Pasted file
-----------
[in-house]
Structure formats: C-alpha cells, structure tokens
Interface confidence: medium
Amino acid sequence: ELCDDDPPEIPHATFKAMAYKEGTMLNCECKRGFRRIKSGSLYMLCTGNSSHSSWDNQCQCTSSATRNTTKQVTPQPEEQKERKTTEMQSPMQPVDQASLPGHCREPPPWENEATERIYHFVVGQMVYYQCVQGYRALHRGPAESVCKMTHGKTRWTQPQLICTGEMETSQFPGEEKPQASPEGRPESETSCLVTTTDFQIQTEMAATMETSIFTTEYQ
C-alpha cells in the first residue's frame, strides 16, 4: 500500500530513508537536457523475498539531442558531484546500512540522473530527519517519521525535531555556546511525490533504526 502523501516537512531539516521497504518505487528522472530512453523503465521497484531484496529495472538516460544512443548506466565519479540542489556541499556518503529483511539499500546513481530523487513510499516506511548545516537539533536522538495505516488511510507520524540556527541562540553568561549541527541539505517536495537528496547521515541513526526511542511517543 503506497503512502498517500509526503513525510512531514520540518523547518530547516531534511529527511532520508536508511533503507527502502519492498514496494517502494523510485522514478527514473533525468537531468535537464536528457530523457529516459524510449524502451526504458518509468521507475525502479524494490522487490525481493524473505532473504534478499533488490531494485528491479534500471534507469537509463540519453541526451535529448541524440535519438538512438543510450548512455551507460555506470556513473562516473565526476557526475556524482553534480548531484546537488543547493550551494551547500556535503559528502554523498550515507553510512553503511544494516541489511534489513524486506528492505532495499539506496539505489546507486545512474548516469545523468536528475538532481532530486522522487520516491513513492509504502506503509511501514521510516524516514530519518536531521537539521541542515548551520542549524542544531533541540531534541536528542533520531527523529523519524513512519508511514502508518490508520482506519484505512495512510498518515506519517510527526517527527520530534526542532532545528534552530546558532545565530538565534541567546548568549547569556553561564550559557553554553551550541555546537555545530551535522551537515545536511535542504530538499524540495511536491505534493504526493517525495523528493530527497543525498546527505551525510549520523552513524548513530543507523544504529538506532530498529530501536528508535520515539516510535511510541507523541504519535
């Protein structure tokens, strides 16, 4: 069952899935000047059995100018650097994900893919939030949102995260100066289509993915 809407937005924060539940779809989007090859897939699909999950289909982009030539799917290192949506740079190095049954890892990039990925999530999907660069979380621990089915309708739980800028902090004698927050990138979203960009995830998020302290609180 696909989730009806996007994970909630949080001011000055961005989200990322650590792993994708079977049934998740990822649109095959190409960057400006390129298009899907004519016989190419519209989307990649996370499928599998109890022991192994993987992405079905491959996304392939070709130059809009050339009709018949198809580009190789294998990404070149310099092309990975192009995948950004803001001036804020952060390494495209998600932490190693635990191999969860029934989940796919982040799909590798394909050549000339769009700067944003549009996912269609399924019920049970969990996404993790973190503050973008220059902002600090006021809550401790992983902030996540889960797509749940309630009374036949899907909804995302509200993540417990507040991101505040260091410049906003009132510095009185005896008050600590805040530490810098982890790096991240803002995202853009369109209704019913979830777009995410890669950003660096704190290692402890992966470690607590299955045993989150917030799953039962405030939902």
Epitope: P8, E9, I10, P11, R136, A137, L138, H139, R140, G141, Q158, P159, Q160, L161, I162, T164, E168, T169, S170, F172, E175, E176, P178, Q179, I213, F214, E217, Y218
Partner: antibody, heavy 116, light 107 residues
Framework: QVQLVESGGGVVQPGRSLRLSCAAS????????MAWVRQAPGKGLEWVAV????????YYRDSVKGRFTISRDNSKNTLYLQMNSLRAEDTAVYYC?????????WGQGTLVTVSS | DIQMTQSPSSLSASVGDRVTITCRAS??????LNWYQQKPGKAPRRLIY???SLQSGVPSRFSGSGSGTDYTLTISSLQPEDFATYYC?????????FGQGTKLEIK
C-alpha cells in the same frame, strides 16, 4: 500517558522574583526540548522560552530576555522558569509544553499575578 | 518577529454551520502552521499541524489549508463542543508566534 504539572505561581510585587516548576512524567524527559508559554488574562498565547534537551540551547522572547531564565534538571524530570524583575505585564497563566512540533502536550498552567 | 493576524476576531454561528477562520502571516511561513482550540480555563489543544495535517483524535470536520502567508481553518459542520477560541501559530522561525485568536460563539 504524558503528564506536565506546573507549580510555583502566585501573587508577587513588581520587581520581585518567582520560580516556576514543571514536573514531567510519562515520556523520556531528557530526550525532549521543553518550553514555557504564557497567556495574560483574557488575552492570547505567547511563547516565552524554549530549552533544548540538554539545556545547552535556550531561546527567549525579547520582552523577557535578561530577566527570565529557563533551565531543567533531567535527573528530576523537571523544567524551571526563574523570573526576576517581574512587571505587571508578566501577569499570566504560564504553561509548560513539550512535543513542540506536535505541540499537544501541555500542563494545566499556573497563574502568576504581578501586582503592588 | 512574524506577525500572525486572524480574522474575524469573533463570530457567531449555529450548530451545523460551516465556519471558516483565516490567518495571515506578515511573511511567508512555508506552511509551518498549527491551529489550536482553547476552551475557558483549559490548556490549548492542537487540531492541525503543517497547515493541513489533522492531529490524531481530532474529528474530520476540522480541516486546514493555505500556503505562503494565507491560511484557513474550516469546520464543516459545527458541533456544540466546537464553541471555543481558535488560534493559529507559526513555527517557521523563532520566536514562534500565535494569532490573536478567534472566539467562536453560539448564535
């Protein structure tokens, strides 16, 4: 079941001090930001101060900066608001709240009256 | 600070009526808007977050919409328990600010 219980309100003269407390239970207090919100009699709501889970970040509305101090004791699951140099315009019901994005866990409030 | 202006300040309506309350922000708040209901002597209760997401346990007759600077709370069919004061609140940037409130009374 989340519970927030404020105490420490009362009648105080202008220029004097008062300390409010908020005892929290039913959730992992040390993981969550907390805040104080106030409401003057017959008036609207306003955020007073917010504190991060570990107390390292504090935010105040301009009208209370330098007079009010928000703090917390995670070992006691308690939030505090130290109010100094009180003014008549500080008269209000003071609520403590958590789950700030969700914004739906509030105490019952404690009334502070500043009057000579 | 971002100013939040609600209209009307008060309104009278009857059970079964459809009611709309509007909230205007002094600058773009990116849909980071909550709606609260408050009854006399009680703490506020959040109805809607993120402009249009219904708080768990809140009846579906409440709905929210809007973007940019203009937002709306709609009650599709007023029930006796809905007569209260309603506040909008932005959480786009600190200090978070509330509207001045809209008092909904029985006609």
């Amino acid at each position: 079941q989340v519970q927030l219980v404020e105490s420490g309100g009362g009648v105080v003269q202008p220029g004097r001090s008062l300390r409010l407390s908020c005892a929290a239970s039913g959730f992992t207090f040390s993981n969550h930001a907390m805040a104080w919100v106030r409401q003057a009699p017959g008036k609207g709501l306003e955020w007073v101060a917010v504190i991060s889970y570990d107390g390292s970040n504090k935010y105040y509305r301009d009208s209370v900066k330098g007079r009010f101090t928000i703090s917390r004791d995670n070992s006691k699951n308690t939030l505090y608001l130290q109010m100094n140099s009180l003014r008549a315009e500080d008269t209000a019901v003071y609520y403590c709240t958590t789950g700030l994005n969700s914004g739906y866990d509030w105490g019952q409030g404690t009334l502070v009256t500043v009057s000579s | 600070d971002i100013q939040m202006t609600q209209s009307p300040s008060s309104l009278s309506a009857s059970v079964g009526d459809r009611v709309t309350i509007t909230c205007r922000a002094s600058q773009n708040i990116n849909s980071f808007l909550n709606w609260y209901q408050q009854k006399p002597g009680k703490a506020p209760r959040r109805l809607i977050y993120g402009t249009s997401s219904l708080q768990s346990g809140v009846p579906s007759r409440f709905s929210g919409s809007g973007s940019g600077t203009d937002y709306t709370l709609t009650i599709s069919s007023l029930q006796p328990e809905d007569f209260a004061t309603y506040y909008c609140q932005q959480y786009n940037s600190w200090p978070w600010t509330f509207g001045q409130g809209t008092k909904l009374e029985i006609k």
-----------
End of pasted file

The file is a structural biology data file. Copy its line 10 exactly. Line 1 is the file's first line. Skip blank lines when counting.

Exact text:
C-alpha cells in the same frame, strides 16, 4: 500517558522574583526540548522560552530576555522558569509544553499575578 | 518577529454551520502552521499541524489549508463542543508566534 504539572505561581510585587516548576512524567524527559508559554488574562498565547534537551540551547522572547531564565534538571524530570524583575505585564497563566512540533502536550498552567 | 493576524476576531454561528477562520502571516511561513482550540480555563489543544495535517483524535470536520502567508481553518459542520477560541501559530522561525485568536460563539 504524558503528564506536565506546573507549580510555583502566585501573587508577587513588581520587581520581585518567582520560580516556576514543571514536573514531567510519562515520556523520556531528557530526550525532549521543553518550553514555557504564557497567556495574560483574557488575552492570547505567547511563547516565552524554549530549552533544548540538554539545556545547552535556550531561546527567549525579547520582552523577557535578561530577566527570565529557563533551565531543567533531567535527573528530576523537571523544567524551571526563574523570573526576576517581574512587571505587571508578566501577569499570566504560564504553561509548560513539550512535543513542540506536535505541540499537544501541555500542563494545566499556573497563574502568576504581578501586582503592588 | 512574524506577525500572525486572524480574522474575524469573533463570530457567531449555529450548530451545523460551516465556519471558516483565516490567518495571515506578515511573511511567508512555508506552511509551518498549527491551529489550536482553547476552551475557558483549559490548556490549548492542537487540531492541525503543517497547515493541513489533522492531529490524531481530532474529528474530520476540522480541516486546514493555505500556503505562503494565507491560511484557513474550516469546520464543516459545527458541533456544540466546537464553541471555543481558535488560534493559529507559526513555527517557521523563532520566536514562534500565535494569532490573536478567534472566539467562536453560539448564535